over 401(k) into a real estate IRA
I recently got a new job and have not done anything with
my 401(k) from my old job ($180,000). I'm 42 and have some rental homes besides
the one I live in. My question is, can I take my 401(k) money and roll it into
land or a building and keep putting off the tax till later? I don't mean a withdrawal
but a "401(k) for real estate." I can't find any information on it but
I hear that it's possible, as long as you don't live on site. -- Tim
You apparently hear better than you Google.
The term you need to use is "real estate IRAs" and you can turn up over
700,000 hits. When you terminate your employment, you can usually choose to roll
over your 401(k) account to an IRA or another qualified plan tax-free.
you put the money into an IRA and you want to use it for real estate, you'll have
to find an IRA custodian that will allow this type of investment. Your bank and
your broker won't, since they want you to invest in their products and it's also
a more complex administration. The custodian fees in a self-directed IRA will
be considerably higher than those that the bank or broker charge, especially for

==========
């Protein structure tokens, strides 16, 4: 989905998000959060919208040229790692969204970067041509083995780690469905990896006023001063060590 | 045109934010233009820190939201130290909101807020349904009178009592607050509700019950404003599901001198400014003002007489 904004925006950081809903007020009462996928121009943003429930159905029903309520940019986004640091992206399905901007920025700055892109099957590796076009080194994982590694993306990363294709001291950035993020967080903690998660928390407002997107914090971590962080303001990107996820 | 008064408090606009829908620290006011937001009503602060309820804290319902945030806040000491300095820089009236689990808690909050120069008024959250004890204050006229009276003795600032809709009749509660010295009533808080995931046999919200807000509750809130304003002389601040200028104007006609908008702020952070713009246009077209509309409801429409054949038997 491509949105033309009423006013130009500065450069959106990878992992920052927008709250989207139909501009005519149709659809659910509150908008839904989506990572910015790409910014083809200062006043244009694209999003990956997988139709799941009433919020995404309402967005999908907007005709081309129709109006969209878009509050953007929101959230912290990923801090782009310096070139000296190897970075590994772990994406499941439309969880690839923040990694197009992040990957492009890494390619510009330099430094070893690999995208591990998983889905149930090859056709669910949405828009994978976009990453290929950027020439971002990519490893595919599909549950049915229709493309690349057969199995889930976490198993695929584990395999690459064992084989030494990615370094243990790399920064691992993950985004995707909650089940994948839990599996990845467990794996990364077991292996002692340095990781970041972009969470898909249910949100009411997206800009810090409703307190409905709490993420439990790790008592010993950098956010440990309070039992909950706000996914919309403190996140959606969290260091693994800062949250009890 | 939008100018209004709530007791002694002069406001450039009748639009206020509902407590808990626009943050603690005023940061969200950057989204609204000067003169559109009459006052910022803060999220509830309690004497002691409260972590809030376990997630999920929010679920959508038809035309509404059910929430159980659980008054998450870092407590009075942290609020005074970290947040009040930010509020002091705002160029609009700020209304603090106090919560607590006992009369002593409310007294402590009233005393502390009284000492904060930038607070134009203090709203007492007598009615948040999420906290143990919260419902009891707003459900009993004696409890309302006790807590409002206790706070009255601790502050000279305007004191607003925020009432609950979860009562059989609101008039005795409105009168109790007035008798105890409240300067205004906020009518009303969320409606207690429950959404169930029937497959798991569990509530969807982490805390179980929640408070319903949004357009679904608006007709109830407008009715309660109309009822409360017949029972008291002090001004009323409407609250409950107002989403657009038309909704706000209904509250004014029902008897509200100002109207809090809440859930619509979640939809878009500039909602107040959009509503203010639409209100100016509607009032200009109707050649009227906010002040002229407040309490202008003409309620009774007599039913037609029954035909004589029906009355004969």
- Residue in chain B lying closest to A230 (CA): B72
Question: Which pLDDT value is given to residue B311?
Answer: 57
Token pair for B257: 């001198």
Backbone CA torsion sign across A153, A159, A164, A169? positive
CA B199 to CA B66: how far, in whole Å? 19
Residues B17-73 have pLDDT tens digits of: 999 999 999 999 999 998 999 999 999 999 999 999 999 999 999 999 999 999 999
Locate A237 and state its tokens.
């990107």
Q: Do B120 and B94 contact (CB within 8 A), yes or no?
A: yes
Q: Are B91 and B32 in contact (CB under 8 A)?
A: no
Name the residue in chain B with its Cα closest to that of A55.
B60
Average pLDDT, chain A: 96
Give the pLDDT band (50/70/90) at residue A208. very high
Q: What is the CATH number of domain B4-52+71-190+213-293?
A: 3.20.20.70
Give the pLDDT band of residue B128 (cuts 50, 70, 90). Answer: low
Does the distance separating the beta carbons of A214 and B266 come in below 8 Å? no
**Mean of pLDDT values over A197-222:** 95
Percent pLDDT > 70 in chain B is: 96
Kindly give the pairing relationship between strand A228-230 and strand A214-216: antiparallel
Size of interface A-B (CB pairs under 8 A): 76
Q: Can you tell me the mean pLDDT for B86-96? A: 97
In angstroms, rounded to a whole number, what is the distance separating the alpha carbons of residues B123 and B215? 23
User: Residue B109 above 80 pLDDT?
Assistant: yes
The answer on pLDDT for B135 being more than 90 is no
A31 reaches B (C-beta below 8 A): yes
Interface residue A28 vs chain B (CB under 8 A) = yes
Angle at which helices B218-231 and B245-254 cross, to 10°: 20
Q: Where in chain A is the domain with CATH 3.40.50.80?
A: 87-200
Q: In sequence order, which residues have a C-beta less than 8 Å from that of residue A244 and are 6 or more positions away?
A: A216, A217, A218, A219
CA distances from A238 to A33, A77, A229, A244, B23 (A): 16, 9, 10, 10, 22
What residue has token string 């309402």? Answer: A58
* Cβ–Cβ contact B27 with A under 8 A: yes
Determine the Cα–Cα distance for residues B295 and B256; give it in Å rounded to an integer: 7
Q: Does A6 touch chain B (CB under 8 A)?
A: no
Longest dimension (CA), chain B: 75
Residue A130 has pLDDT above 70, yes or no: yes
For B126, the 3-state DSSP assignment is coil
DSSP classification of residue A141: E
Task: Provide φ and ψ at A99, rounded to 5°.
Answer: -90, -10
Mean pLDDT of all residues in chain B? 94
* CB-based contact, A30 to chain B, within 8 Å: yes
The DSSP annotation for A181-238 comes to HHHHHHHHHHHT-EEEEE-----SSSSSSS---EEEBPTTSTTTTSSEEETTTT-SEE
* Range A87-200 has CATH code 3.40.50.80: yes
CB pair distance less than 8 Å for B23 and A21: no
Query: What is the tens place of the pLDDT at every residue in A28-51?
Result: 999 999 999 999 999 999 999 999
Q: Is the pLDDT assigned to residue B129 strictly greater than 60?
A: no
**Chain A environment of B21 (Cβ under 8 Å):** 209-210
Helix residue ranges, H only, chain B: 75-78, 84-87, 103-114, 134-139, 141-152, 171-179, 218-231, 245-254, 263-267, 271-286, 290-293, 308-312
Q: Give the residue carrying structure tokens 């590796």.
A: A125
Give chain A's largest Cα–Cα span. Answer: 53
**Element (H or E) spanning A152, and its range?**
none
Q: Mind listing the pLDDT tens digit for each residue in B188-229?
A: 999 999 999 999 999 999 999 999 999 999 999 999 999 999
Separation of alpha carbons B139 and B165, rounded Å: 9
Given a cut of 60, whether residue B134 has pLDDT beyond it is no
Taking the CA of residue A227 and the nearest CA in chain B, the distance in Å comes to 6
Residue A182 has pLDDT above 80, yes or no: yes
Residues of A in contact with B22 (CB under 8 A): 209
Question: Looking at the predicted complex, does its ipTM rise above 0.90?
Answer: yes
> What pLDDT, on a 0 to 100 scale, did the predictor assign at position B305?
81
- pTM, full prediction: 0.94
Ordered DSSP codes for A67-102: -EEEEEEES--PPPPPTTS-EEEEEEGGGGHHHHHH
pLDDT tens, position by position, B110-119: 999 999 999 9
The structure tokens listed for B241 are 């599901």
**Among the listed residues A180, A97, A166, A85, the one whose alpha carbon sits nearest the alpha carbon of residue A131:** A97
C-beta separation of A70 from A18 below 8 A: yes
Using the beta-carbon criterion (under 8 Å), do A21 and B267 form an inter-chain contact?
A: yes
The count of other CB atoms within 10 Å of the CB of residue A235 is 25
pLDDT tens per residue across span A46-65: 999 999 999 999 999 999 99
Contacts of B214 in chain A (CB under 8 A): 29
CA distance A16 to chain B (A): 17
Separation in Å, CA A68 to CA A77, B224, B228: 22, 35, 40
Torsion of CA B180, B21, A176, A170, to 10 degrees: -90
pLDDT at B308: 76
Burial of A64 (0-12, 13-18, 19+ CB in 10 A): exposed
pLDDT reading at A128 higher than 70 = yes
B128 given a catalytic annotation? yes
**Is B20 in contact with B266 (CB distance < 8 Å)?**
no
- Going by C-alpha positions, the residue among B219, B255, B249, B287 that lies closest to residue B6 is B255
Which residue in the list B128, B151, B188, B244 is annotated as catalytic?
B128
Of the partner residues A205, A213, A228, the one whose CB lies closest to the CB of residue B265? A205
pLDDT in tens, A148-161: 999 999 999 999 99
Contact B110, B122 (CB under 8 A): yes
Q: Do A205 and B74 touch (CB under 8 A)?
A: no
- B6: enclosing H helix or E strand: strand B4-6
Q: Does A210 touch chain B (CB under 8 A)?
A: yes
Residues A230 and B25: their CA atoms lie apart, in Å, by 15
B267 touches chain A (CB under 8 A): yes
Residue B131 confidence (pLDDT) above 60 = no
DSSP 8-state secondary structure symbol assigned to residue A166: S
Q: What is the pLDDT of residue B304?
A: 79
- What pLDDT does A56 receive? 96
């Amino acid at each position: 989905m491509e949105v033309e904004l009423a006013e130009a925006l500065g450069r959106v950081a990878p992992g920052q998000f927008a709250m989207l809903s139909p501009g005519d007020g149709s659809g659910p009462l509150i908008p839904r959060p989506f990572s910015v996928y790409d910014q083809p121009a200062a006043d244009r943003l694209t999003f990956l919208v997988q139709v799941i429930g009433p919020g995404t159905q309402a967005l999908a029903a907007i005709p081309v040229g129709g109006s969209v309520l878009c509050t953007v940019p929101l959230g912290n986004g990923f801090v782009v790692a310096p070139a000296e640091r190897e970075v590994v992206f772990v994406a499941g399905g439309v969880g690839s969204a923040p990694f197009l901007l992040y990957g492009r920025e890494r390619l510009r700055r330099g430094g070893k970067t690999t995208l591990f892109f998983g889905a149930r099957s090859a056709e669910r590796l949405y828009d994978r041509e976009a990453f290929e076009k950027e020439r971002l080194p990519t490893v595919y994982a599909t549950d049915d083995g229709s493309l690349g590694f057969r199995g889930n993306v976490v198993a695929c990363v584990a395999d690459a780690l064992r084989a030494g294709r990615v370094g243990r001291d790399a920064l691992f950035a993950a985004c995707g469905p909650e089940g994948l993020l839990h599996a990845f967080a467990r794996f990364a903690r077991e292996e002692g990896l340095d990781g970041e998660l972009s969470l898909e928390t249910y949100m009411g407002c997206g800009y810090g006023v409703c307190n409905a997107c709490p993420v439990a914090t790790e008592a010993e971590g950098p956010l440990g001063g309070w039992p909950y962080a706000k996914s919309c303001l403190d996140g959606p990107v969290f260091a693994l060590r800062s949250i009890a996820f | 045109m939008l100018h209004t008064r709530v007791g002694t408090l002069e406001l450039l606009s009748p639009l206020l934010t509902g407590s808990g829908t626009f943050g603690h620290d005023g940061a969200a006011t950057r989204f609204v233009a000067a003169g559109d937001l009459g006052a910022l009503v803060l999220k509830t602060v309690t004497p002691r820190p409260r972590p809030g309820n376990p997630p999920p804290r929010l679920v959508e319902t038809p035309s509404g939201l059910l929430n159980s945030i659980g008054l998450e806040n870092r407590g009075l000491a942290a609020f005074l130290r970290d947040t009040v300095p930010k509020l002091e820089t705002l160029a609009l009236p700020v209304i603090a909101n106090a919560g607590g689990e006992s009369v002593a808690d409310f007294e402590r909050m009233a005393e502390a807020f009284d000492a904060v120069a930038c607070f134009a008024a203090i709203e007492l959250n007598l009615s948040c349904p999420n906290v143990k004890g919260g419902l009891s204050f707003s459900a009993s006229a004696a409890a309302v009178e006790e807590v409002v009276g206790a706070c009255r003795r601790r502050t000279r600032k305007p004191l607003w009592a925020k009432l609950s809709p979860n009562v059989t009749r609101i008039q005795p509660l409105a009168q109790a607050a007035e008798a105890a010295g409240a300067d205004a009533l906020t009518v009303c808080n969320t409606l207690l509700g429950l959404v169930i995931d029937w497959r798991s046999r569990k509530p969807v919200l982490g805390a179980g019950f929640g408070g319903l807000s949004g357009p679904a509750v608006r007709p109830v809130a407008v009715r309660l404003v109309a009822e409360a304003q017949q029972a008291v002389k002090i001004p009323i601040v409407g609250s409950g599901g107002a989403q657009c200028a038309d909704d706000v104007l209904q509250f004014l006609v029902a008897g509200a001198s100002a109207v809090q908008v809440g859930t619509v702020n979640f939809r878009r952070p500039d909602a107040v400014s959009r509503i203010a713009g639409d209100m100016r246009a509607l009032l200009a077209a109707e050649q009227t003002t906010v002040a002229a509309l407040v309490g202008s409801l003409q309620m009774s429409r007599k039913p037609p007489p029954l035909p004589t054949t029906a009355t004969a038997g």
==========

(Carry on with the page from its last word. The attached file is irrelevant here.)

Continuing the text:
real estate. For example, the custodian will charge for handling transactions
such as taking rent deposits and paying bills at anywhere from $5 to $25 an item.
In addition, you usually cannot have financed property in an IRA.
option you may want to consider is establishing a company to manage your rental
properties. Each property would pay a management fee to the company for your services.
Once you have a company, you can establish a 401(k) for its employees -- namely
you -- and roll in the money from your old job. You can be the trustee of the
plan and open its bank accounts, thus avoiding some custodian fees. You would
draw a salary from the company and use that as a basis to contribute to the plan.
You can put more money into the retirement plan than you can into an IRA. If after
paying salary and plan contributions the company operates at a loss, you can use
that to offset your salary from your full-time job.
for establishing a 401(k) is a little more involved than opening an IRA so I suggest
you find a CPA that can help you plan all this out. The fees that an accountant
will charge will be more than offset by the tax savings suggested.